His son, Muqan Qaghan, defeated the Hephthalite Empire and Kyrgyz. Bumin's brother Istämi bore the title "Yabgu of the West" and collaborated with the Sassanid Empire of Iran to defeat and destroy the Hephthalites, who were allies of the Rouran; this war tightened the Ashina clan's grip on the Silk Road. The appearance of the Pannonian Avars in the West has been interpreted as a nomadic faction fleeing the westward expansion of the Göktürks, although the specifics are a matter of irreconcilable debate given the lack of clear sources and chronology. Rene Grousset links the Avars with the downfall of the Hephthalites rather than the Rouran, while Denis Sinor argues that Rouran-Avar identification is "repeated from article to article, from book to book with no shred of evidence to support it". Istämi's policy of western expansion brought the Göktürks into Europe. In 576 the Göktürks crossed the Kerch Strait into the Crimea. Five years they laid siege to Chersonesus; as for the southern borders, they were drawn south of the Amu Darya, bringing the Ashina into conflict with their former allies, the Sasanian Empire.
Much of Bactria remained a dependency of the Ashina until the end of the century. The Turkic Khanate split in two after the death of the fourth ruler, Taspar Qaghan, c. 584. He had willed the title of khagan to Muqan's son Apa Qaghan, but the high council appointed Ishbara Qaghan instead. Factions formed around both leaders. Before long, four rivals claimed the title, they were played off against each other by Sui and Tang China. The most serious contender was the western one, Istämi's son Tardu, a violent and ambitious man who had declared himself independent from the Qaghan after his father's death, he now led an army east to claim the seat of imperial power, Otukan. In order to buttress his position, Ishbara of the Eastern Khaganate applied to Emperor Yang of Sui for protection. Tardu attacked Chang'an, the Sui capital, around 600, demanding Emperor Yangdi end his interference in the civil war. In retaliation, Chinese diplomacy incited a revolt of Tardu's Tiele vassals, which led to the end of Tardu's reign in 603.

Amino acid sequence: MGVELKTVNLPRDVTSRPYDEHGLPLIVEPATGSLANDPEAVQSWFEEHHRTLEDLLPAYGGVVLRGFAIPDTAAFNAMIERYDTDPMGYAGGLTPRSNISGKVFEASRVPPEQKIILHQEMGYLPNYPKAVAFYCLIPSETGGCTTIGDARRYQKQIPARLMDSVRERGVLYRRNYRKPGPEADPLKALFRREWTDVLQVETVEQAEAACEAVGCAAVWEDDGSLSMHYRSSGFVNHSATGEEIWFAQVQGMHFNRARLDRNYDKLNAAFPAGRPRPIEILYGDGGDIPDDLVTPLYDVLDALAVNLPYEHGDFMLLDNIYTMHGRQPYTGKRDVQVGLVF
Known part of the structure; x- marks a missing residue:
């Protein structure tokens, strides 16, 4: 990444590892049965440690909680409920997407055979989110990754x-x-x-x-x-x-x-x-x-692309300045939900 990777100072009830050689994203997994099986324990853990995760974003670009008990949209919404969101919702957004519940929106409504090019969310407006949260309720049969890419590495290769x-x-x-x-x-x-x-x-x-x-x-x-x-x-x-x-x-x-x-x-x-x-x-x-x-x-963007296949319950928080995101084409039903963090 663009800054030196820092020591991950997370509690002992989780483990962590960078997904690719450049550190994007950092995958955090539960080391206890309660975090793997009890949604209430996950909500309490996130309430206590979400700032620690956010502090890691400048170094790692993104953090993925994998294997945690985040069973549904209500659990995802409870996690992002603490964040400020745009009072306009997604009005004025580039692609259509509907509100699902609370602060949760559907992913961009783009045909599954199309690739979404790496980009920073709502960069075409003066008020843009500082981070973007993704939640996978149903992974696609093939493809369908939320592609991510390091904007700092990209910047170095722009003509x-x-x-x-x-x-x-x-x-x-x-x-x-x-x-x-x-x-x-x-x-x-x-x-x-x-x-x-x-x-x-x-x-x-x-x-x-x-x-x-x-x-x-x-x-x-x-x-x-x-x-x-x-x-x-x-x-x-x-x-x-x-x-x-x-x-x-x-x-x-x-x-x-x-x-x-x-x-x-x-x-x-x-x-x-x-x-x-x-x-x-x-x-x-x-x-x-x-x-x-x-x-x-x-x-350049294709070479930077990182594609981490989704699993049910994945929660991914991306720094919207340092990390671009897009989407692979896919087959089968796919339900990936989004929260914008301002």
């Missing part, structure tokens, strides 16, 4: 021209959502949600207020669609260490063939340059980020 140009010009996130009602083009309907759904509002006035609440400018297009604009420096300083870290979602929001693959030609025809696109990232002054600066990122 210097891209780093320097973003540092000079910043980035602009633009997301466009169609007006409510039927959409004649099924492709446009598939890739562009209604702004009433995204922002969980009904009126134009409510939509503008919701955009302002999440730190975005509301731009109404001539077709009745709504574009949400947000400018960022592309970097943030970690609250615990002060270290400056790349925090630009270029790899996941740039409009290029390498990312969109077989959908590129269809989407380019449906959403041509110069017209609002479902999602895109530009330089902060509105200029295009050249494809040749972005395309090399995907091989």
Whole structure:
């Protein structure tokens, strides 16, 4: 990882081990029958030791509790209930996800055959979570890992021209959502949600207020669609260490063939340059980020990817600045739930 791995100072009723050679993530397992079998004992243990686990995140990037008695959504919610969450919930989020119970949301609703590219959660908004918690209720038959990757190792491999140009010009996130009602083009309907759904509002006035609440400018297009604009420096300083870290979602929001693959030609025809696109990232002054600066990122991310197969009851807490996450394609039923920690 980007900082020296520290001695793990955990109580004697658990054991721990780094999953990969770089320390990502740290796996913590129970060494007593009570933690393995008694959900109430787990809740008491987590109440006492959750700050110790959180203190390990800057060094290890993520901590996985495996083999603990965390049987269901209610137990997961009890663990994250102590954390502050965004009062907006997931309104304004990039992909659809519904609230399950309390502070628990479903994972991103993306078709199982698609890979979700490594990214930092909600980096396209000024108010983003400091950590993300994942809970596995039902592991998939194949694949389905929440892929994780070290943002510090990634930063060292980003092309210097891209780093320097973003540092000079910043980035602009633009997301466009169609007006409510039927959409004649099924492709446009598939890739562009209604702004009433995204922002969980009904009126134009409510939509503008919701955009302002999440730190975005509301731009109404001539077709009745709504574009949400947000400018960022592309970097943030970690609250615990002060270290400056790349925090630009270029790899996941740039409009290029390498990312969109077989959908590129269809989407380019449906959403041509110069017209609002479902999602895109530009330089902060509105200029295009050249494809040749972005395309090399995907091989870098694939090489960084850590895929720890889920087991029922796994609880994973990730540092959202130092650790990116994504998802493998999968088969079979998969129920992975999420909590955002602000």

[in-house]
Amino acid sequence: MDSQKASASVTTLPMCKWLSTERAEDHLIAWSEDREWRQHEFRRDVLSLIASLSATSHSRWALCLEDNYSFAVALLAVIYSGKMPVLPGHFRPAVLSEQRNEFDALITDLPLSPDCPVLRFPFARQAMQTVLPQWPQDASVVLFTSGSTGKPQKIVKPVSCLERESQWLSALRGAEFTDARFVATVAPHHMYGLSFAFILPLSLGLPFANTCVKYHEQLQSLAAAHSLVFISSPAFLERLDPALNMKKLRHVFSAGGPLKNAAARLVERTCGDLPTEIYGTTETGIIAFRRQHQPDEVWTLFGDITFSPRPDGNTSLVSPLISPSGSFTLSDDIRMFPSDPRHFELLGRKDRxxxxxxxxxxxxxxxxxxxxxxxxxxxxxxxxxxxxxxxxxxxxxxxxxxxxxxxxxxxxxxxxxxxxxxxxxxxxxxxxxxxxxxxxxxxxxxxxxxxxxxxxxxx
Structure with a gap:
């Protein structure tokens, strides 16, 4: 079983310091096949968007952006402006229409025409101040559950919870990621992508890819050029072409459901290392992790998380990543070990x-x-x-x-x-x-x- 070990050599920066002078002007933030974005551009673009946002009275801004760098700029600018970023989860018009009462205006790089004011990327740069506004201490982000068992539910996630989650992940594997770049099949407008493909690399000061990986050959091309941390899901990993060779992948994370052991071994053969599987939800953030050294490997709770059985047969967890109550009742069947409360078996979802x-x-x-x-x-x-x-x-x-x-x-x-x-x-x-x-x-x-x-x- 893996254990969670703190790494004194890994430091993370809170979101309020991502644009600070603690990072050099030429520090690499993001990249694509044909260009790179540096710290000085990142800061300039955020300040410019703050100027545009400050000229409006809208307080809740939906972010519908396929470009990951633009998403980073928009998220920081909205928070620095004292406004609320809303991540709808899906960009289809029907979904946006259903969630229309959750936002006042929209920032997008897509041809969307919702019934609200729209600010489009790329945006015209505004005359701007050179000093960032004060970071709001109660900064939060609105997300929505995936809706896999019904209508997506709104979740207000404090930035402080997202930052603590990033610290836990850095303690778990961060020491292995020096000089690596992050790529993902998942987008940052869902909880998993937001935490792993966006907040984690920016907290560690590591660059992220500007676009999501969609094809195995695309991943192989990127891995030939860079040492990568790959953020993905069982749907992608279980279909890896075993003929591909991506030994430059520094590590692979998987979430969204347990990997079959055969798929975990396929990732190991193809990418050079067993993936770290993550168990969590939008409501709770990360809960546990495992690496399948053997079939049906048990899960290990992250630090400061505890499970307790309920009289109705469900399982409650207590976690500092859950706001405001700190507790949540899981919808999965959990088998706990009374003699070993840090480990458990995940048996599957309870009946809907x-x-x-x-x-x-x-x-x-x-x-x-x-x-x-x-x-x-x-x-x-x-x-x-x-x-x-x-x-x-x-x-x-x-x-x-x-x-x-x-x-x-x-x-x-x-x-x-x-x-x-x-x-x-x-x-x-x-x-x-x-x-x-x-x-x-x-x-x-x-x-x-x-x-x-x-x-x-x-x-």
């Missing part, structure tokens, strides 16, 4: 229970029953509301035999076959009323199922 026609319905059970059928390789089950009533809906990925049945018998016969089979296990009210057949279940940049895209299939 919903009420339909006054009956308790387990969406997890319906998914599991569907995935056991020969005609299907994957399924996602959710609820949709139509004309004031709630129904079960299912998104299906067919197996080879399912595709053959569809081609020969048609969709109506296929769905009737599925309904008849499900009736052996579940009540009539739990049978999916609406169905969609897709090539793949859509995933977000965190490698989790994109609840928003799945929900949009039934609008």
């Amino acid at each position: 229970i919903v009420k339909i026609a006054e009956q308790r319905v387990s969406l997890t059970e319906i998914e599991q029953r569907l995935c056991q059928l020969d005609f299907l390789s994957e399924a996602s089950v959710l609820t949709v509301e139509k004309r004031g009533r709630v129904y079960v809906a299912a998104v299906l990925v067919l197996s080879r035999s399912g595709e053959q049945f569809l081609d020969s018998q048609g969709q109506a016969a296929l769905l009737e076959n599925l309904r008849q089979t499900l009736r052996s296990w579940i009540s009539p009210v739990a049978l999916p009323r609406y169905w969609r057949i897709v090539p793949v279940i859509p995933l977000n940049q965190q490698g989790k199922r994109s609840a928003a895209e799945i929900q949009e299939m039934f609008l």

Among the dissident tribes were the Uyghurs and Xueyantuo. The civil war left the empire divided into western parts; the eastern part, still ruled from Otukan, remained in the orbit of the Sui and retained the name Göktürk. The Shibi Khan and Illig Qaghan attacked China at its weakest moment during the transition between the Sui and Tang. Shibi Khan's surprise attack against Yanmen Commandery during an imperial tour of the northern frontier captured Emperor Yang, but his Chinese wife Princess Yicheng—who had been well treated by Empress Xiao during an earlier visit—sent a warning ahead, allowing the emperor and empress time to flee to the commandery seat at present-day Daixian in Shanxi; this was besieged by the Turkish army on September 11, 615, but Chinese reinforcements and a false report from Princess Yicheng to her husband about a northern attack on the khaganate caused him to lift the siege before its completion. In 626, Illig Qaghan drove on to Chang ` an. On September 23, 626 Illig Qaghan and his iron cavalry reached the bank of the Wei River north of Bian Bridge.